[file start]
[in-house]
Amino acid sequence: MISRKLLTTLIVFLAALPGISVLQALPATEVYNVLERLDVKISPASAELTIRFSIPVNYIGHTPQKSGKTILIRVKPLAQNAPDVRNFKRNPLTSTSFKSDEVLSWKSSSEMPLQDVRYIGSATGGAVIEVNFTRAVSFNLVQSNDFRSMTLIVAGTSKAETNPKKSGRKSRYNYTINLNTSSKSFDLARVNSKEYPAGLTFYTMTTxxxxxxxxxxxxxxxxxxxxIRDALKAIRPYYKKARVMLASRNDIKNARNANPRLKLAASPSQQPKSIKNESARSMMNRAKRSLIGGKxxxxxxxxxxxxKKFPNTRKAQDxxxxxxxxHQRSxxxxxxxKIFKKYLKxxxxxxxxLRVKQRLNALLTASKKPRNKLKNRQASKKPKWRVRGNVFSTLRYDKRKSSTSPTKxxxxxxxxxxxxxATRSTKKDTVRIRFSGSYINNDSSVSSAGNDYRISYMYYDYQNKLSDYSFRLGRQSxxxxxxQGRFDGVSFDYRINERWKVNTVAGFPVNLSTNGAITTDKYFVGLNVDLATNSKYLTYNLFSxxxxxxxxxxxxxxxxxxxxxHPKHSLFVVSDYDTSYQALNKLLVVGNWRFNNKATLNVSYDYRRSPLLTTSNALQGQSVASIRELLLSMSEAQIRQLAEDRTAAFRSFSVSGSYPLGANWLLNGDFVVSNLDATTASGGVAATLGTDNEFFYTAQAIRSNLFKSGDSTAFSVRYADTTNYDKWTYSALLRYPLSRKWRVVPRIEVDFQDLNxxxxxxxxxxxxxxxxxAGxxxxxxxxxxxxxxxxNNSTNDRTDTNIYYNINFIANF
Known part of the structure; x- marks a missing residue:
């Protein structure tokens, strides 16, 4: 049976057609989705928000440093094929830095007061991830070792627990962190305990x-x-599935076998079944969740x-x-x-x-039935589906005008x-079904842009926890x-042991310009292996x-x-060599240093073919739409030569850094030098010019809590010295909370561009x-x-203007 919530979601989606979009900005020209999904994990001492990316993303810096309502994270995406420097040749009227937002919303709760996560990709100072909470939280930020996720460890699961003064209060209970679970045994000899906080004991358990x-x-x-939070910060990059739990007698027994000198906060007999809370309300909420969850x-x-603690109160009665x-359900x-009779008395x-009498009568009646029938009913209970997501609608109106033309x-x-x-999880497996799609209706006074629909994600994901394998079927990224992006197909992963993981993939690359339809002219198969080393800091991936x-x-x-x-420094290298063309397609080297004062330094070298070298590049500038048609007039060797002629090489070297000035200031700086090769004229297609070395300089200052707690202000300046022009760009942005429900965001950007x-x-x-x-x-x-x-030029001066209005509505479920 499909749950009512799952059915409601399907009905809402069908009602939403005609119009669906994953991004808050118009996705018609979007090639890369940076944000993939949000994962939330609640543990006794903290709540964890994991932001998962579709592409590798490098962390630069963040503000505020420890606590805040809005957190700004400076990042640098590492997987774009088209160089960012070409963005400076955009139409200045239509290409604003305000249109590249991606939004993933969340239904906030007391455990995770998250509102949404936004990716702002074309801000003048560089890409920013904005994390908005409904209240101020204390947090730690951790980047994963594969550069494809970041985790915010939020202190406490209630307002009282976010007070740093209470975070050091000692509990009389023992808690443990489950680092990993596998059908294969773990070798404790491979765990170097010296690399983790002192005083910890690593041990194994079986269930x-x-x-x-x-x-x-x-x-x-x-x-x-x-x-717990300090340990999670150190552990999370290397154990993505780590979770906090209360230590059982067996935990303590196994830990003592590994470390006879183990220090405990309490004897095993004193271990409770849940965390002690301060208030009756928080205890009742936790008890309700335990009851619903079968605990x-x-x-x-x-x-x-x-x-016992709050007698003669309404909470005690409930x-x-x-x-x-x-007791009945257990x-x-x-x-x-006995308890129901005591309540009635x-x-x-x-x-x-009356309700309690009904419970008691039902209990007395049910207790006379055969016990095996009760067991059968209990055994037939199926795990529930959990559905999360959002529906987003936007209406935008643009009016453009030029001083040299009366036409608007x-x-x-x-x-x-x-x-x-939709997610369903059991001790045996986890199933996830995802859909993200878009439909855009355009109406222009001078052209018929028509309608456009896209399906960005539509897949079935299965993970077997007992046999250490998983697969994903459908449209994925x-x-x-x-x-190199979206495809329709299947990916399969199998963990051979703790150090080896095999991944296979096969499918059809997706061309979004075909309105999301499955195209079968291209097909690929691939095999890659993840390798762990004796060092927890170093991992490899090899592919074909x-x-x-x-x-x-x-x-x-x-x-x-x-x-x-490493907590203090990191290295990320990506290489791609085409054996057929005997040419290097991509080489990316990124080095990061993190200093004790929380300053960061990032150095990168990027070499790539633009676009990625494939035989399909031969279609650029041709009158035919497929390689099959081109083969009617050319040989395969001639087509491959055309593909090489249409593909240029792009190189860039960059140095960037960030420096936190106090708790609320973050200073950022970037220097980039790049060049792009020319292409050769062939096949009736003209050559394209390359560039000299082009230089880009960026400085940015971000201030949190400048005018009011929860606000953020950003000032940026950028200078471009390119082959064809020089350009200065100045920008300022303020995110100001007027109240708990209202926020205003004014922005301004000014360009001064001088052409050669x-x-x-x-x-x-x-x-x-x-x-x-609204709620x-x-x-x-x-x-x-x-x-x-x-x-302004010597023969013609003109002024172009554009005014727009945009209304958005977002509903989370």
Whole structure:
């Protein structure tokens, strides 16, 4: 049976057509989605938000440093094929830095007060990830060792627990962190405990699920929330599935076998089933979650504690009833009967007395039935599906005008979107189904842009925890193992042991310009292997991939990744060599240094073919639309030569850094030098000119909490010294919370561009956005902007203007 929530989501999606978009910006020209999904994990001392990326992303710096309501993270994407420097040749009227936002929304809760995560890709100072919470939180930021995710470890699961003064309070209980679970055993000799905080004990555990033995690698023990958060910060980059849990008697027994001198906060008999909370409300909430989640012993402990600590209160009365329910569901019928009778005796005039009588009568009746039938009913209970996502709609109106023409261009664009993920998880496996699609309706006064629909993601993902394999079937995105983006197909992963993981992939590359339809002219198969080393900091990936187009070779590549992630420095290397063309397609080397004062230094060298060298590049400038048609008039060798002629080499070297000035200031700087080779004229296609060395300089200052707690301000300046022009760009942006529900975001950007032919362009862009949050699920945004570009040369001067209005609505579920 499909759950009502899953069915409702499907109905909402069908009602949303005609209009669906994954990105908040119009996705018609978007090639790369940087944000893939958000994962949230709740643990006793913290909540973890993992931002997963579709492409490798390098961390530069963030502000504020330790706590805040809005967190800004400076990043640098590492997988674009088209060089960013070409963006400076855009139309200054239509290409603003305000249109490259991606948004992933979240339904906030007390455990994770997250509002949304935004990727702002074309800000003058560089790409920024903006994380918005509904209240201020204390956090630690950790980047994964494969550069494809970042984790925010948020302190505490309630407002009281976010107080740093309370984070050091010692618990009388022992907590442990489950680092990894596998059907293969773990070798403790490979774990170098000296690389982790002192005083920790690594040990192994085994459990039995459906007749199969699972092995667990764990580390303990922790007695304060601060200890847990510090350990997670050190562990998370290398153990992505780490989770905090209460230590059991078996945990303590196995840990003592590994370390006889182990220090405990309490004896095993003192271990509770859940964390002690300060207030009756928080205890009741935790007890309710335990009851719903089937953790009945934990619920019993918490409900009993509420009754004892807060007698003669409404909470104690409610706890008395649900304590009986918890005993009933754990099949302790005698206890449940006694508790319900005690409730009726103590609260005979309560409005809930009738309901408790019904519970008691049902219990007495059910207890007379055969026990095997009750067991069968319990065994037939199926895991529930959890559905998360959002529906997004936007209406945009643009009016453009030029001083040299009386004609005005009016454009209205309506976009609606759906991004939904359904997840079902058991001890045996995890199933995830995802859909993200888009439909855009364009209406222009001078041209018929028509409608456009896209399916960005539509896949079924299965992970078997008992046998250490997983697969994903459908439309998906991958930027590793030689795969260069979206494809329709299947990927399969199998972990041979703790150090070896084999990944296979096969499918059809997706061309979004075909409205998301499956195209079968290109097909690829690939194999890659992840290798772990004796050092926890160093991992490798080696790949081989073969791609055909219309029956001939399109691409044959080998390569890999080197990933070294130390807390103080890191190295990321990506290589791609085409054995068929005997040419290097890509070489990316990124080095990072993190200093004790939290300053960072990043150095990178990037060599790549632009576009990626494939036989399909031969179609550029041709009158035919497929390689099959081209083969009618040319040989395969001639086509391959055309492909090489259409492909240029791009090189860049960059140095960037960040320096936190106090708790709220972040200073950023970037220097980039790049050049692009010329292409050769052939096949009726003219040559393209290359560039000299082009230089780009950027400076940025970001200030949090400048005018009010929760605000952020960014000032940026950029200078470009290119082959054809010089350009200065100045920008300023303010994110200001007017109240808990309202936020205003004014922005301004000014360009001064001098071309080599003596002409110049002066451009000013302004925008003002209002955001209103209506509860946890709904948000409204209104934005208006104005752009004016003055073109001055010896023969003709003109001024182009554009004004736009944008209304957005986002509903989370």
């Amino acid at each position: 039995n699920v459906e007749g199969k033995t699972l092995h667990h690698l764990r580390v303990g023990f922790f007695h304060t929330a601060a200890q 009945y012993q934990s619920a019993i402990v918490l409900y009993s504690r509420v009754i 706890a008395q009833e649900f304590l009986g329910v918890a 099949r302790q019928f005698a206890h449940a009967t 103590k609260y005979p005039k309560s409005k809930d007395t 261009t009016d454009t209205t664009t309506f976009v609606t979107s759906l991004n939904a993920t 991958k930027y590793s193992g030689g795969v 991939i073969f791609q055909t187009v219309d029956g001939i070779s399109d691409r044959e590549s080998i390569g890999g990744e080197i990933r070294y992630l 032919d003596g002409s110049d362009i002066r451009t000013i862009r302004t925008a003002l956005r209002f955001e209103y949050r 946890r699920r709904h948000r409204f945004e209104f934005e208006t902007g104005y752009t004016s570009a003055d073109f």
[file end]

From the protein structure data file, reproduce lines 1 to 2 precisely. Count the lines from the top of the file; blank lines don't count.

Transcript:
[in-house]
Amino acid sequence: MISRKLLTTLIVFLAALPGISVLQALPATEVYNVLERLDVKISPASAELTIRFSIPVNYIGHTPQKSGKTILIRVKPLAQNAPDVRNFKRNPLTSTSFKSDEVLSWKSSSEMPLQDVRYIGSATGGAVIEVNFTRAVSFNLVQSNDFRSMTLIVAGTSKAETNPKKSGRKSRYNYTINLNTSSKSFDLARVNSKEYPAGLTFYTMTTxxxxxxxxxxxxxxxxxxxxIRDALKAIRPYYKKARVMLASRNDIKNARNANPRLKLAASPSQQPKSIKNESARSMMNRAKRSLIGGKxxxxxxxxxxxxKKFPNTRKAQDxxxxxxxxHQRSxxxxxxxKIFKKYLKxxxxxxxxLRVKQRLNALLTASKKPRNKLKNRQASKKPKWRVRGNVFSTLRYDKRKSSTSPTKxxxxxxxxxxxxxATRSTKKDTVRIRFSGSYINNDSSVSSAGNDYRISYMYYDYQNKLSDYSFRLGRQSxxxxxxQGRFDGVSFDYRINERWKVNTVAGFPVNLSTNGAITTDKYFVGLNVDLATNSKYLTYNLFSxxxxxxxxxxxxxxxxxxxxxHPKHSLFVVSDYDTSYQALNKLLVVGNWRFNNKATLNVSYDYRRSPLLTTSNALQGQSVASIRELLLSMSEAQIRQLAEDRTAAFRSFSVSGSYPLGANWLLNGDFVVSNLDATTASGGVAATLGTDNEFFYTAQAIRSNLFKSGDSTAFSVRYADTTNYDKWTYSALLRYPLSRKWRVVPRIEVDFQDLNxxxxxxxxxxxxxxxxxAGxxxxxxxxxxxxxxxxNNSTNDRTDTNIYYNINFIANF